Ken Shept, 76, a novelist and children’s book author, was looking for inspiration in the Jewish philosophy text section, which included titles such as “God Said What??” and “Dear Rabbi.”  

“I’m looking for books that will make me a better writer,” Shept said.

He summed up the event as “a kiddish without the food, basically,” referring to the social food spreads offered after Shabbat services.

The JBC’s Pomerantz Dauber agreed, saying, “It’s like TJ Maxx, for books!”


The post It’s ‘Hanukkah in the summer’ as New Yorkers raid the Jewish Book Council’s shelves appeared first on Jewish Telegraphic Agency.

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Jordan Reaffirms Commitment to Peace With Israel After Iran Attack, Says Ending Treaty Would Hurt Palestinians

Jordan’s Foreign Minister Ayman Al Safadi attends a press conference after a meeting on the Gaza situation in the government’s representation facility in Oslo, Norway, Dec. 15, 2023. Photo: NTB/Stian Lysberg Solum via REUTERS

Senior Jordanian officials recently reaffirmed the country’s commitment to maintaining peace with Israel, despite protests erupting across Jordan against their treaty amid the ongoing war in Gaza.

Pro-Hamas protesters have been actively campaigning to end the Israel-Jordan peace treaty, which the two countries signed in 1994 to end the state of war that had existed between them for decades and establish diplomatic relations. The treaty followed the signing of the Oslo Accords, a historic agreement between Israel and the Palestinians.

However, Jordanian Foreign Minister Ayman Al-Safadi said on Sunday that the peace deal was best for not only his country but also the Palestinians.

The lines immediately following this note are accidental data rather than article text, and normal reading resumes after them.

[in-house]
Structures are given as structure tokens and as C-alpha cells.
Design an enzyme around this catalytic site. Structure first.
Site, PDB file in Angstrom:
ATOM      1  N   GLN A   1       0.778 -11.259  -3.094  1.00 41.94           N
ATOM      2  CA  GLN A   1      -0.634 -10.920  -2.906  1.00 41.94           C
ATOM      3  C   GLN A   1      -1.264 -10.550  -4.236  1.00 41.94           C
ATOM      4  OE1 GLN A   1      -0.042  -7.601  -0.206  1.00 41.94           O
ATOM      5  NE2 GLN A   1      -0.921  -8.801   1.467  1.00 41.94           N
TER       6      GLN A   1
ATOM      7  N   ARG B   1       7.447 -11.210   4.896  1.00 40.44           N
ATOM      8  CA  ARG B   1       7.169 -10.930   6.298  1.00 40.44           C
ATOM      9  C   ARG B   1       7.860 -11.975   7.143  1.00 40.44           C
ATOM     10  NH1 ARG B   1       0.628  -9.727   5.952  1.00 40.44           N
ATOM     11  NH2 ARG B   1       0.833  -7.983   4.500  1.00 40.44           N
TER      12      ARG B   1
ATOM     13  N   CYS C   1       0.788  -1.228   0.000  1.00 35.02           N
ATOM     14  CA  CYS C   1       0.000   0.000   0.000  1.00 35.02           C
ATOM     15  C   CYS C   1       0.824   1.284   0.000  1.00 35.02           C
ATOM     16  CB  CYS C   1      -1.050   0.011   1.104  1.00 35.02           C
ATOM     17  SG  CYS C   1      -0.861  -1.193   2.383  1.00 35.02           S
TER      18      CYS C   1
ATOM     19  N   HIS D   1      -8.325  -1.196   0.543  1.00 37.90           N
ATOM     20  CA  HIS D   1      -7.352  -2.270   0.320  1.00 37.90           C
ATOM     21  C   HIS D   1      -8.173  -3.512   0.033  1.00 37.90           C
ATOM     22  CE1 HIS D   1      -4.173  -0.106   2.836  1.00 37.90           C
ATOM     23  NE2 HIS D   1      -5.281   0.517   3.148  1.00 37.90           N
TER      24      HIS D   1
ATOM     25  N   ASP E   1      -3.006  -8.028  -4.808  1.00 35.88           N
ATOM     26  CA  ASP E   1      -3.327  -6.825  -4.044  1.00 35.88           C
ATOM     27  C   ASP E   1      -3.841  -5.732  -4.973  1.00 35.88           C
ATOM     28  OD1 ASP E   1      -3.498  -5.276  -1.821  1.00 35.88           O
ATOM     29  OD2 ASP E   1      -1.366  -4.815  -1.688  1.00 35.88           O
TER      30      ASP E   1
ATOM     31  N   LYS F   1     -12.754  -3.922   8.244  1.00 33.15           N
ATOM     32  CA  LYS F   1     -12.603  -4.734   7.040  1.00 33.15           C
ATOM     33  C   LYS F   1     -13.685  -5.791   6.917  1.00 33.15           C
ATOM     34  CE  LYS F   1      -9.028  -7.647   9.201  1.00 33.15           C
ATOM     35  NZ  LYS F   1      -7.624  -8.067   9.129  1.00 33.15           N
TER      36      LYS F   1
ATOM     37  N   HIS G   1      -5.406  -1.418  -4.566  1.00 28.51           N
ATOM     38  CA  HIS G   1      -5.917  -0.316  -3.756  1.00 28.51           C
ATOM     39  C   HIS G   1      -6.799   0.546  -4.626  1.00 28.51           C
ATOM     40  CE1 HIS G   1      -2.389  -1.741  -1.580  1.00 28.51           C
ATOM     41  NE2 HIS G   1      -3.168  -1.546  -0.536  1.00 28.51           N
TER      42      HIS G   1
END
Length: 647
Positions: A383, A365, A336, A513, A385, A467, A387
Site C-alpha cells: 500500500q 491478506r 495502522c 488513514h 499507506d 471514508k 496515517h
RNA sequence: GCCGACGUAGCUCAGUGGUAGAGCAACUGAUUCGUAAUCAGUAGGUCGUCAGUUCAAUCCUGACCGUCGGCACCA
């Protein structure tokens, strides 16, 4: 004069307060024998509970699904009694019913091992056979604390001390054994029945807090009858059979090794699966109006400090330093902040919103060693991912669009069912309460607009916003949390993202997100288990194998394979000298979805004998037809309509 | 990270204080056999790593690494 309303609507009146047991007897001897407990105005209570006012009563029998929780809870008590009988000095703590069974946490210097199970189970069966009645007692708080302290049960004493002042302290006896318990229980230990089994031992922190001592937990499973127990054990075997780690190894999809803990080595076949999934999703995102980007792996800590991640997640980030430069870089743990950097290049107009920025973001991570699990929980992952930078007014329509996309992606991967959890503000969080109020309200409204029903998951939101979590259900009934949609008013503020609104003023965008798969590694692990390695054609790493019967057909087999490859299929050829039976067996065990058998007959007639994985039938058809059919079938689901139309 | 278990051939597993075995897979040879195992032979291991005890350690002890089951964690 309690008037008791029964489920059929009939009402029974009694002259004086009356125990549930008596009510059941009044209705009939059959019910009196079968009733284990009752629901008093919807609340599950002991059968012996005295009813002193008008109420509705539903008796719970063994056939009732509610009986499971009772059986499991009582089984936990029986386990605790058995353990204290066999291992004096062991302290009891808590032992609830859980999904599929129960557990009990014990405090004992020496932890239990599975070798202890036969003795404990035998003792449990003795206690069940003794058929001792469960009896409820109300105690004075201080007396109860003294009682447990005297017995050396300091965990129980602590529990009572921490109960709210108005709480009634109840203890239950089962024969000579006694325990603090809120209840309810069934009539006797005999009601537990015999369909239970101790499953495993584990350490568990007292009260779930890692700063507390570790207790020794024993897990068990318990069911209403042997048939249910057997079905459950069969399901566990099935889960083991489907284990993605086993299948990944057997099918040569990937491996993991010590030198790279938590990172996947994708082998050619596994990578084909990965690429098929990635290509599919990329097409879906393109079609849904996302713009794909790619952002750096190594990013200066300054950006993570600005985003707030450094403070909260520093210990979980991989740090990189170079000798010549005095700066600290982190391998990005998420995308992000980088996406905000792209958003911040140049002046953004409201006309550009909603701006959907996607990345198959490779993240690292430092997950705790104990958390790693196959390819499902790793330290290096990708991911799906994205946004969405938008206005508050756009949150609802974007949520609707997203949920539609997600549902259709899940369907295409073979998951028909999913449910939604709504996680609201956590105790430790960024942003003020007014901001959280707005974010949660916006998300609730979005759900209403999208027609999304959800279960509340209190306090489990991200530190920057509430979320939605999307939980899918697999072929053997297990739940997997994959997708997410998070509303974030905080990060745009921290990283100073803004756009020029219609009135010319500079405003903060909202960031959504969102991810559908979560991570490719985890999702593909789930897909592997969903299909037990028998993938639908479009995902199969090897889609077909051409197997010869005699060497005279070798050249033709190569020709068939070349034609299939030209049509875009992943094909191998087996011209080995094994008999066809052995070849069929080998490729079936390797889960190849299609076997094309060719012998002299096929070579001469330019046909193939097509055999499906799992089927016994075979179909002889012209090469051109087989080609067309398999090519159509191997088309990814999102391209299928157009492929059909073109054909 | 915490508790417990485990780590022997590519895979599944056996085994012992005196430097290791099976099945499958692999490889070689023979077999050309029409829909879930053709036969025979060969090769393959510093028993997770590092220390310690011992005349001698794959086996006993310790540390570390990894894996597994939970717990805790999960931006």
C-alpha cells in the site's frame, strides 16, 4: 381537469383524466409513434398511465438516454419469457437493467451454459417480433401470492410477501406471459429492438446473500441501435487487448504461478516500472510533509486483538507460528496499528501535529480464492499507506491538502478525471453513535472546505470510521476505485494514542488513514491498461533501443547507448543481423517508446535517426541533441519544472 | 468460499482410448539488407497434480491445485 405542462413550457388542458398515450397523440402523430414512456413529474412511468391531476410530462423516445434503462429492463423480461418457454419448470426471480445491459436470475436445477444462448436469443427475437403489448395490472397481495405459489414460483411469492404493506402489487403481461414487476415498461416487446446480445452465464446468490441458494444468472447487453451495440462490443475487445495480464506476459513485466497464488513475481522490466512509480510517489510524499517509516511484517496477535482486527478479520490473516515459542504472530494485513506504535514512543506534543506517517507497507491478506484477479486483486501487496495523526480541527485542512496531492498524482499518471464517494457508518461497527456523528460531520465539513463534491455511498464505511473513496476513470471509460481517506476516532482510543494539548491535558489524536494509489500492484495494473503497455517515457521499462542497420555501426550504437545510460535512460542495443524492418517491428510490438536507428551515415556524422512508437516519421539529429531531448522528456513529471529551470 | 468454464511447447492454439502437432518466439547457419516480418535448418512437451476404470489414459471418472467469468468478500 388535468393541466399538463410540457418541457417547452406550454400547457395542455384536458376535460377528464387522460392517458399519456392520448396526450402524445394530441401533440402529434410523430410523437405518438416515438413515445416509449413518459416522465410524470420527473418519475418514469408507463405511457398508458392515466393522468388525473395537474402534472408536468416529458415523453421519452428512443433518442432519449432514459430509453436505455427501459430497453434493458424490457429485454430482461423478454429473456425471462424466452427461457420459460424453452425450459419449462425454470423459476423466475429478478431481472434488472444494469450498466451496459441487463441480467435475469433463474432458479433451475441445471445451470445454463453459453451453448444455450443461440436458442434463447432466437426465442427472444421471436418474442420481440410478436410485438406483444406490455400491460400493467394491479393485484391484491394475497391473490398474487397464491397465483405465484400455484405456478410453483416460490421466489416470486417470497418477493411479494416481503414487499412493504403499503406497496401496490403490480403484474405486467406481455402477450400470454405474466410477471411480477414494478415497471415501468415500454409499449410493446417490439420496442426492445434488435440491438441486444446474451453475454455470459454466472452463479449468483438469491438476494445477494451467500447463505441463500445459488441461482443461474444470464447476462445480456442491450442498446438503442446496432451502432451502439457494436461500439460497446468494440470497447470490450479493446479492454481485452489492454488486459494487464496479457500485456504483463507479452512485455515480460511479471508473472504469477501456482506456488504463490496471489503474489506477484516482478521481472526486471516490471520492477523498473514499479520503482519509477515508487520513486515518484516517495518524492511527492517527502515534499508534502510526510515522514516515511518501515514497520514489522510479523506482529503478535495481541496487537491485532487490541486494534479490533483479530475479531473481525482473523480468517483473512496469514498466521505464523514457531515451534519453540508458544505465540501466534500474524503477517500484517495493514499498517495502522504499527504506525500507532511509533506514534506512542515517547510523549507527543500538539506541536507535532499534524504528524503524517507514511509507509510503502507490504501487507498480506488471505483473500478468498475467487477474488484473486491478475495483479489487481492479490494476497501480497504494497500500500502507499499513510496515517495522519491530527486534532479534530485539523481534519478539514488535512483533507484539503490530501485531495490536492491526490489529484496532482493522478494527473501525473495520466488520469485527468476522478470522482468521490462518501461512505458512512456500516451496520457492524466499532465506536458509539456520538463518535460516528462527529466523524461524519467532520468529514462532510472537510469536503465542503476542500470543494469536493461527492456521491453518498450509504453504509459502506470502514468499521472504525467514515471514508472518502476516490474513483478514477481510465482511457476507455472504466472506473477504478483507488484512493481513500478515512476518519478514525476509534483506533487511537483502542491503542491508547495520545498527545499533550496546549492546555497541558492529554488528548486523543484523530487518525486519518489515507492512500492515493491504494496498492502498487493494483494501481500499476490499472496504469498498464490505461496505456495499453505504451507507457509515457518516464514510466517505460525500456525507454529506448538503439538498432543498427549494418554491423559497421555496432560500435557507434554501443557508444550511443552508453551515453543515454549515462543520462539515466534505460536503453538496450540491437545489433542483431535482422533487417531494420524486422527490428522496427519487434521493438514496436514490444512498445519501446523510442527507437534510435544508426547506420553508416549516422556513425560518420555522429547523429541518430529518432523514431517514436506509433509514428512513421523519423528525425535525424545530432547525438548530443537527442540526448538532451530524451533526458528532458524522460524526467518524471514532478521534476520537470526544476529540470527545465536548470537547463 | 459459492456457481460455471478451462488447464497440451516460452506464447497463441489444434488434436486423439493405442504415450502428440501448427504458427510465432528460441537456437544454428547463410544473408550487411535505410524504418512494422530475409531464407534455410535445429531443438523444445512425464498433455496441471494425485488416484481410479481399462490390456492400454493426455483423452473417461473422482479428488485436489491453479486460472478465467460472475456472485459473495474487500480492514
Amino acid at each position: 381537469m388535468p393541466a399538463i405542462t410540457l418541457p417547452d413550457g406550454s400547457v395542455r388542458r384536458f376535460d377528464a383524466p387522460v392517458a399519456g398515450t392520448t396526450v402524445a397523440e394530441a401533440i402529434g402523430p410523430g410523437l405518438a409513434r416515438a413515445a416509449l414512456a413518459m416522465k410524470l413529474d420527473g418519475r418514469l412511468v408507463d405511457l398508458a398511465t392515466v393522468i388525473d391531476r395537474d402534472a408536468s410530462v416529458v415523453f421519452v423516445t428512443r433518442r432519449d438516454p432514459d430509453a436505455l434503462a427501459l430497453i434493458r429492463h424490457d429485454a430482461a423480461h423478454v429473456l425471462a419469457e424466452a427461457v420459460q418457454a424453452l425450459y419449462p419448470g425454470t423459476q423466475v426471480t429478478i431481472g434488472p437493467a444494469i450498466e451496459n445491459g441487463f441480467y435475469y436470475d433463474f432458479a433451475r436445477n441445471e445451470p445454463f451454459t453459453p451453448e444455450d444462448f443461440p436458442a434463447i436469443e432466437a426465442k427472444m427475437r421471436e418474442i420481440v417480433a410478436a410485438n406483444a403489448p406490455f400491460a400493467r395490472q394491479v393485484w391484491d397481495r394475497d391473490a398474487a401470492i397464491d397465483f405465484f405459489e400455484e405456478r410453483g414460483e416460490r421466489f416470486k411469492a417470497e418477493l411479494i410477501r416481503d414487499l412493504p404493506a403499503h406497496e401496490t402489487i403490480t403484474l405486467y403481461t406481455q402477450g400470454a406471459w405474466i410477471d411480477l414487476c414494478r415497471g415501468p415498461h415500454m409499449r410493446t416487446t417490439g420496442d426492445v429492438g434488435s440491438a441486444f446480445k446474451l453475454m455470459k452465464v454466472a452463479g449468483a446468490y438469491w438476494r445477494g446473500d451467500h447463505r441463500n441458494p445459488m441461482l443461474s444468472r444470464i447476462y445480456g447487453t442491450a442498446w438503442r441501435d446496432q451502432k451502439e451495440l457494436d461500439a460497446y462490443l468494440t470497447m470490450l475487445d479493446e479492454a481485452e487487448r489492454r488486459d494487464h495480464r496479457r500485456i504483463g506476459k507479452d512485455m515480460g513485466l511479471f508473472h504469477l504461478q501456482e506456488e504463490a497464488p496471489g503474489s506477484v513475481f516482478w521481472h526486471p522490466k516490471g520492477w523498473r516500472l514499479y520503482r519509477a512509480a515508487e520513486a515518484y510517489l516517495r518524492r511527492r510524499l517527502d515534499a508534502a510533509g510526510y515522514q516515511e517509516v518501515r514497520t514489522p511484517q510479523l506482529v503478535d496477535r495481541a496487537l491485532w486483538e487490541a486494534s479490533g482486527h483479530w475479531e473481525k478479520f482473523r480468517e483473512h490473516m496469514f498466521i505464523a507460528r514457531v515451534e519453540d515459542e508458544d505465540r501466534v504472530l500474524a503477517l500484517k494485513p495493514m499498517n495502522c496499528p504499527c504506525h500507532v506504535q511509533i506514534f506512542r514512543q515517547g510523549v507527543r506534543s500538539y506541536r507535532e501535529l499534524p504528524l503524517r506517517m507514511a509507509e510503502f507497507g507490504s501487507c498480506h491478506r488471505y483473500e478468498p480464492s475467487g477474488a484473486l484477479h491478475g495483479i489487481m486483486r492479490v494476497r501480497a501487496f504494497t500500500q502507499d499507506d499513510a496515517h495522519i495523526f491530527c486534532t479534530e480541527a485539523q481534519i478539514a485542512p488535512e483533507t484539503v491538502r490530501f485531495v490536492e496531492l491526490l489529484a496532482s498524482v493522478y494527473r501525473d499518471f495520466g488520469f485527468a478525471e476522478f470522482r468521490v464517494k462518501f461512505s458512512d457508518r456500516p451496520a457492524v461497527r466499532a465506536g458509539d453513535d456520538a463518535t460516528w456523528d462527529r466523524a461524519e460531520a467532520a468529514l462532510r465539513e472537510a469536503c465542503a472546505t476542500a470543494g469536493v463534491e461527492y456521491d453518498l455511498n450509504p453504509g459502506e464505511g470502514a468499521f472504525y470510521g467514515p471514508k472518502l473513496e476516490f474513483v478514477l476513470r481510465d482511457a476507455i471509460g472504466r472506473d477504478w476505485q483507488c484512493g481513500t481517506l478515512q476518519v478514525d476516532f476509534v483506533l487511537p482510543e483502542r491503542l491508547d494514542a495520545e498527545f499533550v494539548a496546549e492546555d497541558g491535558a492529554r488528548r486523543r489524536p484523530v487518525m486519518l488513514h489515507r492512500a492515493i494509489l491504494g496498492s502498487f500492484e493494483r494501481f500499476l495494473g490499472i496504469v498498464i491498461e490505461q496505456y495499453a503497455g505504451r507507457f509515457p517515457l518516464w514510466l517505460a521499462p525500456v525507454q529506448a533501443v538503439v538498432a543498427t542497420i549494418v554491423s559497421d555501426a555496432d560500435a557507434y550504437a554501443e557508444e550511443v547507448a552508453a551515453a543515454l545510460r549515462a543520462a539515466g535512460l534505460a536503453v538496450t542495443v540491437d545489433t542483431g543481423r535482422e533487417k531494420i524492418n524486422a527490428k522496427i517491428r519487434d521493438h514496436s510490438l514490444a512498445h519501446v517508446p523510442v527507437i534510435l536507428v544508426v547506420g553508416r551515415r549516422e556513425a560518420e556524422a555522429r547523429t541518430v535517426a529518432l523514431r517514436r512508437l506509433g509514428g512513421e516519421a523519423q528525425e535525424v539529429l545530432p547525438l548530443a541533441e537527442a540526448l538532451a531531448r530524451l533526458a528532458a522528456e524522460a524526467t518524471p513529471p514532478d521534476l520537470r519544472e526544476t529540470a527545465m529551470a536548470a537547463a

“The treaty actualized all our rights and served our interests. Revoking it would not be in Jordan’s or the Palestinians’ interest,” Al-Safadi told Jordan’s official news channel Al-Mamlaka in remarks flagged by the Middle East Media Research Institute (MEMRI). “If we thought even for a moment that revoking it would be in the interest of Jordan or of the Palestinians, we would have done so without hesitation.”

Revoking the peace treaty, he continued, would “harm both Jordan and Palestine and greatly limit our ability to continue fulfilling our main and primary role in providing aid to the Palestinian people … The peace treaty is a source of strength for us and allows us to continue our role of aiding the Palestinian people while protecting our interests.”

Al-Safadi’s comments came one day after Jordan — along with the US, Britain, and France — helped Israel repel an unprecedented direct attack by Iran against the Israeli homeland. Iran fired over 300 drones and missiles at the Jewish state, nearly all of which were shot out of the air. Only one injury was reported in Israel.

The chief diplomat’s defense of the peace treaty also came amid the ongoing Israel-Hamas war in Gaza, which has fueled anti-Israel animus across Jordan. Thousands of protesters have been routinely gathering for weeks to lambast Israel, express solidarity with Hamas, and call for an end to the peace treaty. Al-Safadi addressed such opposition in his comments.

“We respect Jordanian public opinion,” he said. “Back in 1994, when [the treaty] was signed, it protected our interests. We regained all our occupied lands, and the treaty enshrined Jordan’s special role in administrating the places holy to Islam and to Christianity in Jerusalem. Were it not for this role, there would have been a vacuum, and Israel would have exploited this to impose its own sovereignty and administration on the holy places rather than granting them to the Palestinians.”

Al-Safadi wasn’t the only official to recently articulate Jordan’s commitment to the peace treaty amid calls to revoke it and mass anti-Israel protests over the Gaza war.

Jordan’s government spokesman, Muhannad Mubaidin, told Sky News Arabia late last month that Hamas was inciting the Jordanian people against their leadership. The Palestinian terrorist group and its supporters in Jordan, he said, were trying “to force Jordan to choose different options,” but “peace is our strategic choice and the peace treaty [with Israel] is what allows us to fulfill our role of easing the pressures on the people in the West Bank.”

MEMRI was first to report Mubaidin’s comments in English.

The post Jordan Reaffirms Commitment to Peace With Israel After Iran Attack, Says Ending Treaty Would Hurt Palestinians first appeared on Algemeiner.com.